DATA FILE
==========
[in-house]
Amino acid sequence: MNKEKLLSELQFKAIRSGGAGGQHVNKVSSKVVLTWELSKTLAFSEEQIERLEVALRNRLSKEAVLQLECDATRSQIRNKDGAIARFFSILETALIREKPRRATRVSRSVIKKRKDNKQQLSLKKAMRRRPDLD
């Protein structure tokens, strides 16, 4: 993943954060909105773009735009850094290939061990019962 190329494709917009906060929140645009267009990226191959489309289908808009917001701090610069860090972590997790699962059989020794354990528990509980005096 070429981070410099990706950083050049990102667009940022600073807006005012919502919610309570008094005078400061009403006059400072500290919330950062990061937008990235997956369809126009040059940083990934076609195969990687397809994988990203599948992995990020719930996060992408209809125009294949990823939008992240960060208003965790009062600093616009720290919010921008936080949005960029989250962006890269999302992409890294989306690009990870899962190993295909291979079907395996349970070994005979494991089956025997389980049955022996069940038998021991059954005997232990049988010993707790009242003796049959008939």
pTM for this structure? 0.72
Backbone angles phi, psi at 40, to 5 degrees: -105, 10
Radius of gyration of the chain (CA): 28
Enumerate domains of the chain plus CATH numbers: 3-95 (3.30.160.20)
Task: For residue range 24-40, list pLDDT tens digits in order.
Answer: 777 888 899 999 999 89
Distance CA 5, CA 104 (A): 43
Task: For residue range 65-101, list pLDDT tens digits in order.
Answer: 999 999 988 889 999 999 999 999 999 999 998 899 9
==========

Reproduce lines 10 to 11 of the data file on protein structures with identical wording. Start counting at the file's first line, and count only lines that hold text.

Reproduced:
Distance CA 5, CA 104 (A): 43
Task: For residue range 65-101, list pLDDT tens digits in order.